My stewardship as Abia governor (1999-2007) – 2

The first part of this series on my stewardship as governor of Abia State, which started last week, dwelled majorly on our general performance in office. The idea behind the publication at this time is to address tissues of lies being released from the Abia State Government House, aimed at hoodwinking unwary members of the public and consigning to the hubris the monumental achievements of our administration between 1999 and 2007. Regular readers of this column will have noticed that I have all the time focused on addressing issues, not name-calling and character-assassination, which the governor deploys to attempt to cover the truth or sweep it completely under the carpet.

It is also generally true that the governor is fighting tooth and nail to mislead the pub­lic and pull the wool over our eyes, without considering the fact that he cannot fool all the people all the time. There is no ques­tion, whatsoever, that the entire 7 years and 4 months he has spent in office as governor has yielded no tangible dividend for our peo­ple. Rather than work genuinely for the peo­ple, he has devoted the enormous resources he has collected from Abuja and other sources to fight me and satisfy his endless list of indulgences. Who in Abia State does not know that Abia State has collected over N600 billion from the federation account, excluding internally-generated revenue and other external sources, since Theodore Orji assumed office as governor? The records are there for everybody to see.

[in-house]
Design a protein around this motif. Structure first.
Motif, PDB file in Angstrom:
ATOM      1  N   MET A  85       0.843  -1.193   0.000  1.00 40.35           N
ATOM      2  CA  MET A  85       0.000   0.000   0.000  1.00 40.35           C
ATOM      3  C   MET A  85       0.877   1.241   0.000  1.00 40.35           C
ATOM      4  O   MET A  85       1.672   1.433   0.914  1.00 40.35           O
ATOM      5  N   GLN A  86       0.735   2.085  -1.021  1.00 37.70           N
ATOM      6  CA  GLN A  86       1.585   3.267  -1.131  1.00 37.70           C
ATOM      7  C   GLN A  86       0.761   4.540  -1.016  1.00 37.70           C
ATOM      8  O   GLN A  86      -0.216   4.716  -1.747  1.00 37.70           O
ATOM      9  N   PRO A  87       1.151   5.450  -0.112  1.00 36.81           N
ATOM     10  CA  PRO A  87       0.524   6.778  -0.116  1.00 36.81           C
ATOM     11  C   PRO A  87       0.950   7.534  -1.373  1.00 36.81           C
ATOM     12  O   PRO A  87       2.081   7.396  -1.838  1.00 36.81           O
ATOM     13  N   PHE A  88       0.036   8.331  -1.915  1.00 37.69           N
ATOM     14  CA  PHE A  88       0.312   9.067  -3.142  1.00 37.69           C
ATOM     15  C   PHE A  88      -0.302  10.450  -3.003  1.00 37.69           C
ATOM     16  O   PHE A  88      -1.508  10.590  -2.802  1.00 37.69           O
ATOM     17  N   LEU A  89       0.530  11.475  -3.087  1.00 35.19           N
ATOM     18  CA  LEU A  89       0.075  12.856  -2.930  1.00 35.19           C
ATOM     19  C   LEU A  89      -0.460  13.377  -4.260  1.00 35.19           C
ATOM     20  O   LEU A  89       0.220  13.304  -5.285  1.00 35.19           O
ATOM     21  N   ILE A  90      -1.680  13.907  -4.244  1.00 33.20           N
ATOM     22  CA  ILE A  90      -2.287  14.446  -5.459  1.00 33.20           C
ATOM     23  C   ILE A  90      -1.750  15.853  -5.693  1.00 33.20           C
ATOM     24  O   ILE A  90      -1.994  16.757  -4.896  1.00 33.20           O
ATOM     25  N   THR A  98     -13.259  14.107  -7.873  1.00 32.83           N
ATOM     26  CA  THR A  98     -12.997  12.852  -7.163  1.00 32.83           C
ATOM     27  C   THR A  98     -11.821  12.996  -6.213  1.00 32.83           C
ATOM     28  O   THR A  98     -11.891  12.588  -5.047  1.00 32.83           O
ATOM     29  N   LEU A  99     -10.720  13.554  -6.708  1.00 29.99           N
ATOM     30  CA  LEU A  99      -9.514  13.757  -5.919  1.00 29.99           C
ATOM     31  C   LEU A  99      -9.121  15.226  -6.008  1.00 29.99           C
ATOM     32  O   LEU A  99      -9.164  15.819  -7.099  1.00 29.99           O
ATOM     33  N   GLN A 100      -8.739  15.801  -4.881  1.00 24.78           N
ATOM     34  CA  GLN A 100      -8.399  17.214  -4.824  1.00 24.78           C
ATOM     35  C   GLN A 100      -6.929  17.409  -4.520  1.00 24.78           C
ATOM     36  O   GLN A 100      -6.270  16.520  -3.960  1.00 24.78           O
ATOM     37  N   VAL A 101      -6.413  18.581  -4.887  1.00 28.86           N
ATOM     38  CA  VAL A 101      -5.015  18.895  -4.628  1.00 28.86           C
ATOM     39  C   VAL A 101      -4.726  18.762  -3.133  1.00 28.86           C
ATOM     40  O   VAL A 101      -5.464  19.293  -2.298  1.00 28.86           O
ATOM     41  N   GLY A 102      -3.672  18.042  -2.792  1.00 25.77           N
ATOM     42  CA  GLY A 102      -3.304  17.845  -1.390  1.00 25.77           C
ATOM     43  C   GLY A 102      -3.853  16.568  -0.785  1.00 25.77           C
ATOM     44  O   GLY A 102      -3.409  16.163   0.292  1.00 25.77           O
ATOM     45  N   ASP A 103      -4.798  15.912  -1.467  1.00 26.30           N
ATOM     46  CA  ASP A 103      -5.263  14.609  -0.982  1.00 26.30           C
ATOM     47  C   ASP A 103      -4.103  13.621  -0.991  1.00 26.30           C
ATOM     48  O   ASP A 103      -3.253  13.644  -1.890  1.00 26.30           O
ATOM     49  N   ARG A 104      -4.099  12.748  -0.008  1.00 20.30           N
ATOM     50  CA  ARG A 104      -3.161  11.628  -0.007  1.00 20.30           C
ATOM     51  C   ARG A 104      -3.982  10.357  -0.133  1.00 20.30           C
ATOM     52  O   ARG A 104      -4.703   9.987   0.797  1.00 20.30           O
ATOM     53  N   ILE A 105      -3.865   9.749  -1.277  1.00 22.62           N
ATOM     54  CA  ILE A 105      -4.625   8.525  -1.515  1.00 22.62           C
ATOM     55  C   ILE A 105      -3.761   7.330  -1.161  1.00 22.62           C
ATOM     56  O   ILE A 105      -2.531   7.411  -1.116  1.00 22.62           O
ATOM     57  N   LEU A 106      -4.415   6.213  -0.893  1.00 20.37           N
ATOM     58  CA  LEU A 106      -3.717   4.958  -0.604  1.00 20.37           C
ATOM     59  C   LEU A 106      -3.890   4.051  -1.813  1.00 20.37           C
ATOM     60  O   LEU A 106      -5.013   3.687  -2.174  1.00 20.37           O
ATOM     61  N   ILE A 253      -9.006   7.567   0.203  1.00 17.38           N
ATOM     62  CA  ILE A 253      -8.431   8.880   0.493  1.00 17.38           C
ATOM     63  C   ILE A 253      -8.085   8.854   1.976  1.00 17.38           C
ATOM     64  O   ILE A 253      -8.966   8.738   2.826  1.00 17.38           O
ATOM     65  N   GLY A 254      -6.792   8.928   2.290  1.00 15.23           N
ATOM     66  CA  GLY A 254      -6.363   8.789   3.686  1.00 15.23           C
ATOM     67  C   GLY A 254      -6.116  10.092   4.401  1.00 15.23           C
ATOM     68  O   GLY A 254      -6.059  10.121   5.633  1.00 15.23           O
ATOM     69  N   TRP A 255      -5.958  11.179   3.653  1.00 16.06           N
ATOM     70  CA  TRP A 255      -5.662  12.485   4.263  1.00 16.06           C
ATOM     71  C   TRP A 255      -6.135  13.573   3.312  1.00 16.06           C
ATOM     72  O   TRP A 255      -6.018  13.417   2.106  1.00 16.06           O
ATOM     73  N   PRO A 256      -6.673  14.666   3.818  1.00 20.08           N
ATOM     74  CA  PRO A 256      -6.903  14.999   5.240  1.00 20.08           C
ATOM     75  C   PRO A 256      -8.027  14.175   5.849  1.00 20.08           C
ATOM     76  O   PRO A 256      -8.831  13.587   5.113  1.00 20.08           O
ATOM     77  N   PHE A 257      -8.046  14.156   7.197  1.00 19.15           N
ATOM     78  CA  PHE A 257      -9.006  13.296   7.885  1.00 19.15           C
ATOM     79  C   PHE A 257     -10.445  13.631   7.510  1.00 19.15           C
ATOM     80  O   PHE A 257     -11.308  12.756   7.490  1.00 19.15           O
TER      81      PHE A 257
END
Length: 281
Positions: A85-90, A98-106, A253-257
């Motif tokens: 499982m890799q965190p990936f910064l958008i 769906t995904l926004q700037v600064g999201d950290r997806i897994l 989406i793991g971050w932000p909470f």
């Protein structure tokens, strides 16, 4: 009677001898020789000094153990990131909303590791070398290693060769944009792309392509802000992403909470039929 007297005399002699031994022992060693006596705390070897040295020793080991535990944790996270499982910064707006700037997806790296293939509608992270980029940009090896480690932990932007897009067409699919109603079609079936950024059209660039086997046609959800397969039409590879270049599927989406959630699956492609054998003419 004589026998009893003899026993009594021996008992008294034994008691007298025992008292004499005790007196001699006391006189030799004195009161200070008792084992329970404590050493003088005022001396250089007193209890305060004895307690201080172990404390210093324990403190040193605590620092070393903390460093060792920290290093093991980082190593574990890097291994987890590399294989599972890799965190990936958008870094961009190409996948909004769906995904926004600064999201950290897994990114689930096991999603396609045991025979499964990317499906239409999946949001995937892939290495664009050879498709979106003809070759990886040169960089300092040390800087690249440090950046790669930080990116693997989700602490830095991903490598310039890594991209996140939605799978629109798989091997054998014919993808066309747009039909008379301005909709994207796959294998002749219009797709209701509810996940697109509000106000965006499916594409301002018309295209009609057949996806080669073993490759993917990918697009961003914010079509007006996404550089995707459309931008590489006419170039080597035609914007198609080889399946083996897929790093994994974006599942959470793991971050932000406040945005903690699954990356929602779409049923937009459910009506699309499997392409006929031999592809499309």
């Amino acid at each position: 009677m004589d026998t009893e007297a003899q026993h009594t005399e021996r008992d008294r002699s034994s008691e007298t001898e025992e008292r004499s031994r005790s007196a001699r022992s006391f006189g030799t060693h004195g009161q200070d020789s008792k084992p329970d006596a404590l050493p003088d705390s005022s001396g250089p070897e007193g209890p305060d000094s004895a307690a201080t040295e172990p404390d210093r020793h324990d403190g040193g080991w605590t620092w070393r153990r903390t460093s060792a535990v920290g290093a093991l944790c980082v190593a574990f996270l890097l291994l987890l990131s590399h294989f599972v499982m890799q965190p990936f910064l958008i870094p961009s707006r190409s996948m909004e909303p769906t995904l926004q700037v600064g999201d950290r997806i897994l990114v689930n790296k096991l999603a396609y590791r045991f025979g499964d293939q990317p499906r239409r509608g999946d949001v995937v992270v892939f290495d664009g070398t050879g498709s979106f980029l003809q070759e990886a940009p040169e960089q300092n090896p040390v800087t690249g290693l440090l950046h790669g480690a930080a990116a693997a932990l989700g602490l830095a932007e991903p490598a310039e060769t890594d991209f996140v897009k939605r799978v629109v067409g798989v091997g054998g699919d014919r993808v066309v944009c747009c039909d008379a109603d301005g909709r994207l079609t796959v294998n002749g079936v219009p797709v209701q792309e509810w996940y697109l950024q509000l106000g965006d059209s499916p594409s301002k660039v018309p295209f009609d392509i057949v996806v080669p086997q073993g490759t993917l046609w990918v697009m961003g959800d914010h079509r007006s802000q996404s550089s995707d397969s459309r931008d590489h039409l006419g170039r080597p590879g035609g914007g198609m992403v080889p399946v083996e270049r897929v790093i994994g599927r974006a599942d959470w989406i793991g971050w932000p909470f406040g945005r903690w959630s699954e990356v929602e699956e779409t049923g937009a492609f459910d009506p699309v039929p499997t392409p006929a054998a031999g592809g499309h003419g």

The sad news: There is no tangible pro­ject anywhere in the state to show or justify this huge revenue profile. As I write, workers are being owed some months of arrears of salaries and other entitlements. And his gov­ernment has less than 9 months to vacate of­fice. What of pensions and gratuities? There are several years’ outstanding pensions and gratuities. Those who were paid were either related to the governor or did him one fa­vour or another. So, what will Abians hold on to after the eight years of the governor to justify all the money he has collected so far?

My heart bleeds when I see our people reveling in grinding poverty, poor sanitary conditions, decrepit infrastructure, palpable insecurity, dwindling learning environment in public schools, absence of motivation for workers, low productivity, monumental cor­ruption, laxity among the workers, mistrust among the various ethnic groups that make up the state, infighting among political of­fice holders (particularly between the Abu­ja-based politicians and their home-based counterparts), collection of multiple and il­legal levies by government and its cronies, and unwholesome living conditions of many residents, especially those that live in urban centres, etc.

What obtains in Abia today runs anti­thetical to what we had during our eight-year regime. It was during our tenure that the people had the last feel of what a caring government really is. We ran an open, ac­countable, transparent and all-inclusive sys­tem. Every Abian had a say in government directly or indirectly; unlike today that the entire machinery of government has been usurped by the governor, his wife and son.